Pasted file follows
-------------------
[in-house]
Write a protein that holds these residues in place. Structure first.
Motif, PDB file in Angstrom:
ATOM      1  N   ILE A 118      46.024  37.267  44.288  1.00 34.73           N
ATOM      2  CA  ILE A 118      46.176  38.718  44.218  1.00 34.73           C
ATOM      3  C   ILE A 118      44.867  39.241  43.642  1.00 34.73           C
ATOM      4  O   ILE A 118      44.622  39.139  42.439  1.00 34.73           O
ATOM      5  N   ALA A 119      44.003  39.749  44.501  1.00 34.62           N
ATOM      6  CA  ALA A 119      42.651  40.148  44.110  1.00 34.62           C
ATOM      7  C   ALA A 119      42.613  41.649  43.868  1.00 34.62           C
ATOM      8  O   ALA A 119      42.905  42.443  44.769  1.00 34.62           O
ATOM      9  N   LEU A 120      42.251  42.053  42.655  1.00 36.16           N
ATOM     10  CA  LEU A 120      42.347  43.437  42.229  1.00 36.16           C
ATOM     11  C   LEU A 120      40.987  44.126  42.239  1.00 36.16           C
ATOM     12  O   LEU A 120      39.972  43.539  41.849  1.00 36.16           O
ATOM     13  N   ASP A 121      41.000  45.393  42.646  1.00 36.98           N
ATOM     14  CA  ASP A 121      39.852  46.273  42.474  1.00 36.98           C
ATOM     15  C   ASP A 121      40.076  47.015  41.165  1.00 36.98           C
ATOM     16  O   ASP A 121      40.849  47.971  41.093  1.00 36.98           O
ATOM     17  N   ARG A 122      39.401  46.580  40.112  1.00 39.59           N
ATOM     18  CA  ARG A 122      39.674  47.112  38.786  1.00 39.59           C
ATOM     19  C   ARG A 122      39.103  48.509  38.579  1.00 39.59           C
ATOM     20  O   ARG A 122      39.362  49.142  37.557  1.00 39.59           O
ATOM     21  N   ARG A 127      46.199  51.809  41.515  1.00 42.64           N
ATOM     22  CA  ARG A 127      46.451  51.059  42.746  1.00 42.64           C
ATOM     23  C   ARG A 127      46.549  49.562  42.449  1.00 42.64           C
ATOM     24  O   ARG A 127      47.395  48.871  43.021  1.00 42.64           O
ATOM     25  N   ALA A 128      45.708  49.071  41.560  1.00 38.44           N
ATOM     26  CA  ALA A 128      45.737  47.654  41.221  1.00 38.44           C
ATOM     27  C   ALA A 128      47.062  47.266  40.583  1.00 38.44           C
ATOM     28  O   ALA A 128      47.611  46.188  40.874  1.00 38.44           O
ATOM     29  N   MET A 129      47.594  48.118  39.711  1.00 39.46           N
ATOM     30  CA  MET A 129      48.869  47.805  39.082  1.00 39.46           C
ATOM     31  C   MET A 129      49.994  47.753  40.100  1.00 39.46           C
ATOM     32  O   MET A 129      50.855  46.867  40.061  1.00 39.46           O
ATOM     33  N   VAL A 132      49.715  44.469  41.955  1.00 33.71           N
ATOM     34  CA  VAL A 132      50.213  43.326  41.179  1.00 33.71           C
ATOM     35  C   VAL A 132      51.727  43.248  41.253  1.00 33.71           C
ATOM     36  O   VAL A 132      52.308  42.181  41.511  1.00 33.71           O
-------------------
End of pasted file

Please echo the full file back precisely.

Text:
[in-house]
Write a protein that holds these residues in place. Structure first.
Motif, PDB file in Angstrom:
ATOM      1  N   ILE A 118      46.024  37.267  44.288  1.00 34.73           N
ATOM      2  CA  ILE A 118      46.176  38.718  44.218  1.00 34.73           C
ATOM      3  C   ILE A 118      44.867  39.241  43.642  1.00 34.73           C
ATOM      4  O   ILE A 118      44.622  39.139  42.439  1.00 34.73           O
ATOM      5  N   ALA A 119      44.003  39.749  44.501  1.00 34.62           N
ATOM      6  CA  ALA A 119      42.651  40.148  44.110  1.00 34.62           C
ATOM      7  C   ALA A 119      42.613  41.649  43.868  1.00 34.62           C
ATOM      8  O   ALA A 119      42.905  42.443  44.769  1.00 34.62           O
ATOM      9  N   LEU A 120      42.251  42.053  42.655  1.00 36.16           N
ATOM     10  CA  LEU A 120      42.347  43.437  42.229  1.00 36.16           C
ATOM     11  C   LEU A 120      40.987  44.126  42.239  1.00 36.16           C
ATOM     12  O   LEU A 120      39.972  43.539  41.849  1.00 36.16           O
ATOM     13  N   ASP A 121      41.000  45.393  42.646  1.00 36.98           N
ATOM     14  CA  ASP A 121      39.852  46.273  42.474  1.00 36.98           C
ATOM     15  C   ASP A 121      40.076  47.015  41.165  1.00 36.98           C
ATOM     16  O   ASP A 121      40.849  47.971  41.093  1.00 36.98           O
ATOM     17  N   ARG A 122      39.401  46.580  40.112  1.00 39.59           N
ATOM     18  CA  ARG A 122      39.674  47.112  38.786  1.00 39.59           C
ATOM     19  C   ARG A 122      39.103  48.509  38.579  1.00 39.59           C
ATOM     20  O   ARG A 122      39.362  49.142  37.557  1.00 39.59           O
ATOM     21  N   ARG A 127      46.199  51.809  41.515  1.00 42.64           N
ATOM     22  CA  ARG A 127      46.451  51.059  42.746  1.00 42.64           C
ATOM     23  C   ARG A 127      46.549  49.562  42.449  1.00 42.64           C
ATOM     24  O   ARG A 127      47.395  48.871  43.021  1.00 42.64           O
ATOM     25  N   ALA A 128      45.708  49.071  41.560  1.00 38.44           N
ATOM     26  CA  ALA A 128      45.737  47.654  41.221  1.00 38.44           C
ATOM     27  C   ALA A 128      47.062  47.266  40.583  1.00 38.44           C
ATOM     28  O   ALA A 128      47.611  46.188  40.874  1.00 38.44           O
ATOM     29  N   MET A 129      47.594  48.118  39.711  1.00 39.46           N
ATOM     30  CA  MET A 129      48.869  47.805  39.082  1.00 39.46           C
ATOM     31  C   MET A 129      49.994  47.753  40.100  1.00 39.46           C
ATOM     32  O   MET A 129      50.855  46.867  40.061  1.00 39.46           O
ATOM     33  N   VAL A 132      49.715  44.469  41.955  1.00 33.71           N
ATOM     34  CA  VAL A 132      50.213  43.326  41.179  1.00 33.71           C
ATOM     35  C   VAL A 132      51.727  43.248  41.253  1.00 33.71           C
ATOM     36  O   VAL A 132      52.308  42.181  41.511  1.00 33.71           O